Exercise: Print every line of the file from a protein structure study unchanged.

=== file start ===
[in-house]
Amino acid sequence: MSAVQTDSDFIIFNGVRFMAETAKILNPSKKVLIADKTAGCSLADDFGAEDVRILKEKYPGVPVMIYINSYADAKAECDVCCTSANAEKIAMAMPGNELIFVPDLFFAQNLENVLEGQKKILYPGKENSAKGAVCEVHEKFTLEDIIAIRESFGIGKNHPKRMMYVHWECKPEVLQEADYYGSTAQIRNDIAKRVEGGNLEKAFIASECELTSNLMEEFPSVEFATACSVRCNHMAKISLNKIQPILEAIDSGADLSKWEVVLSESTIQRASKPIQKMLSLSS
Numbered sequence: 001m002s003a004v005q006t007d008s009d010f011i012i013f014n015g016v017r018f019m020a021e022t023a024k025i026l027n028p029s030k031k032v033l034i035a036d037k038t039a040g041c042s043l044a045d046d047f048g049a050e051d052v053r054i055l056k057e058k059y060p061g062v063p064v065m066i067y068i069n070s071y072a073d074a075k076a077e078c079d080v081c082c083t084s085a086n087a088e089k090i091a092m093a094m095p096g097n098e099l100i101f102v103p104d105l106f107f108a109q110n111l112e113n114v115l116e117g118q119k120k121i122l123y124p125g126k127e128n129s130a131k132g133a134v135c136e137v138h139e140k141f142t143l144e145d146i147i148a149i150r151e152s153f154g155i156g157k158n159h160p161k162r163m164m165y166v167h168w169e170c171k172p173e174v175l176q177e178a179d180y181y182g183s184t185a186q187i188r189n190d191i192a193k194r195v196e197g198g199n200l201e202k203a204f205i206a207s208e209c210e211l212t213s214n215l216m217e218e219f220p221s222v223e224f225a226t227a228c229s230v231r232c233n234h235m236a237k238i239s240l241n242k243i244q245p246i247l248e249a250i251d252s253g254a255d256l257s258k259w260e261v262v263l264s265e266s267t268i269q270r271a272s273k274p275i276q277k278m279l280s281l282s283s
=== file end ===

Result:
[in-house]
Amino acid sequence: MSAVQTDSDFIIFNGVRFMAETAKILNPSKKVLIADKTAGCSLADDFGAEDVRILKEKYPGVPVMIYINSYADAKAECDVCCTSANAEKIAMAMPGNELIFVPDLFFAQNLENVLEGQKKILYPGKENSAKGAVCEVHEKFTLEDIIAIRESFGIGKNHPKRMMYVHWECKPEVLQEADYYGSTAQIRNDIAKRVEGGNLEKAFIASECELTSNLMEEFPSVEFATACSVRCNHMAKISLNKIQPILEAIDSGADLSKWEVVLSESTIQRASKPIQKMLSLSS
Numbered sequence: 001m002s003a004v005q006t007d008s009d010f011i012i013f014n015g016v017r018f019m020a021e022t023a024k025i026l027n028p029s030k031k032v033l034i035a036d037k038t039a040g041c042s043l044a045d046d047f048g049a050e051d052v053r054i055l056k057e058k059y060p061g062v063p064v065m066i067y068i069n070s071y072a073d074a075k076a077e078c079d080v081c082c083t084s085a086n087a088e089k090i091a092m093a094m095p096g097n098e099l100i101f102v103p104d105l106f107f108a109q110n111l112e113n114v115l116e117g118q119k120k121i122l123y124p125g126k127e128n129s130a131k132g133a134v135c136e137v138h139e140k141f142t143l144e145d146i147i148a149i150r151e152s153f154g155i156g157k158n159h160p161k162r163m164m165y166v167h168w169e170c171k172p173e174v175l176q177e178a179d180y181y182g183s184t185a186q187i188r189n190d191i192a193k194r195v196e197g198g199n200l201e202k203a204f205i206a207s208e209c210e211l212t213s214n215l216m217e218e219f220p221s222v223e224f225a226t227a228c229s230v231r232c233n234h235m236a237k238i239s240l241n242k243i244q245p246i247l248e249a250i251d252s253g254a255d256l257s258k259w260e261v262v263l264s265e266s267t268i269q270r271a272s273k274p275i276q277k278m279l280s281l282s283s